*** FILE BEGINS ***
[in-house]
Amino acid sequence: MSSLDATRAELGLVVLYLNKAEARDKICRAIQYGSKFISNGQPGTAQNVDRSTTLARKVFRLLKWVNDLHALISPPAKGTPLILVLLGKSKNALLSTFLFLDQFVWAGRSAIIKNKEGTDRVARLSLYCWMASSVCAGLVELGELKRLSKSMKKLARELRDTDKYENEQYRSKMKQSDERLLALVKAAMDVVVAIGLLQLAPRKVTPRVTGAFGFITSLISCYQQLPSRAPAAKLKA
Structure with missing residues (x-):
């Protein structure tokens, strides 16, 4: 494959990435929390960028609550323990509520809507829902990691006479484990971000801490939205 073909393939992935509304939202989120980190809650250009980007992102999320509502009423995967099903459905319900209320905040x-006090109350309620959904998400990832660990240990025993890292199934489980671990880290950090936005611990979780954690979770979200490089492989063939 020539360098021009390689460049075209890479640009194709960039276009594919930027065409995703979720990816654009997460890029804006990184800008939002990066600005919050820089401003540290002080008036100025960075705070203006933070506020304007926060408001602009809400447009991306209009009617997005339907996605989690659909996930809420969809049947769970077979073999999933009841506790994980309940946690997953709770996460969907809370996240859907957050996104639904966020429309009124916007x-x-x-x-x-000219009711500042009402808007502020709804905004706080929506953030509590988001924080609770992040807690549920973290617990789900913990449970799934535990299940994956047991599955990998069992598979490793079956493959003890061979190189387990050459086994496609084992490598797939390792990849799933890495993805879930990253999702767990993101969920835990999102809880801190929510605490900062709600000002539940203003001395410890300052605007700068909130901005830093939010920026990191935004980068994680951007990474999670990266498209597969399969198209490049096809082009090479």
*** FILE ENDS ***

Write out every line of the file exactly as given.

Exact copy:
[in-house]
Amino acid sequence: MSSLDATRAELGLVVLYLNKAEARDKICRAIQYGSKFISNGQPGTAQNVDRSTTLARKVFRLLKWVNDLHALISPPAKGTPLILVLLGKSKNALLSTFLFLDQFVWAGRSAIIKNKEGTDRVARLSLYCWMASSVCAGLVELGELKRLSKSMKKLARELRDTDKYENEQYRSKMKQSDERLLALVKAAMDVVVAIGLLQLAPRKVTPRVTGAFGFITSLISCYQQLPSRAPAAKLKA
Structure with missing residues (x-):
């Protein structure tokens, strides 16, 4: 494959990435929390960028609550323990509520809507829902990691006479484990971000801490939205 073909393939992935509304939202989120980190809650250009980007992102999320509502009423995967099903459905319900209320905040x-006090109350309620959904998400990832660990240990025993890292199934489980671990880290950090936005611990979780954690979770979200490089492989063939 020539360098021009390689460049075209890479640009194709960039276009594919930027065409995703979720990816654009997460890029804006990184800008939002990066600005919050820089401003540290002080008036100025960075705070203006933070506020304007926060408001602009809400447009991306209009009617997005339907996605989690659909996930809420969809049947769970077979073999999933009841506790994980309940946690997953709770996460969907809370996240859907957050996104639904966020429309009124916007x-x-x-x-x-000219009711500042009402808007502020709804905004706080929506953030509590988001924080609770992040807690549920973290617990789900913990449970799934535990299940994956047991599955990998069992598979490793079956493959003890061979190189387990050459086994496609084992490598797939390792990849799933890495993805879930990253999702767990993101969920835990999102809880801190929510605490900062709600000002539940203003001395410890300052605007700068909130901005830093939010920026990191935004980068994680951007990474999670990266498209597969399969198209490049096809082009090479």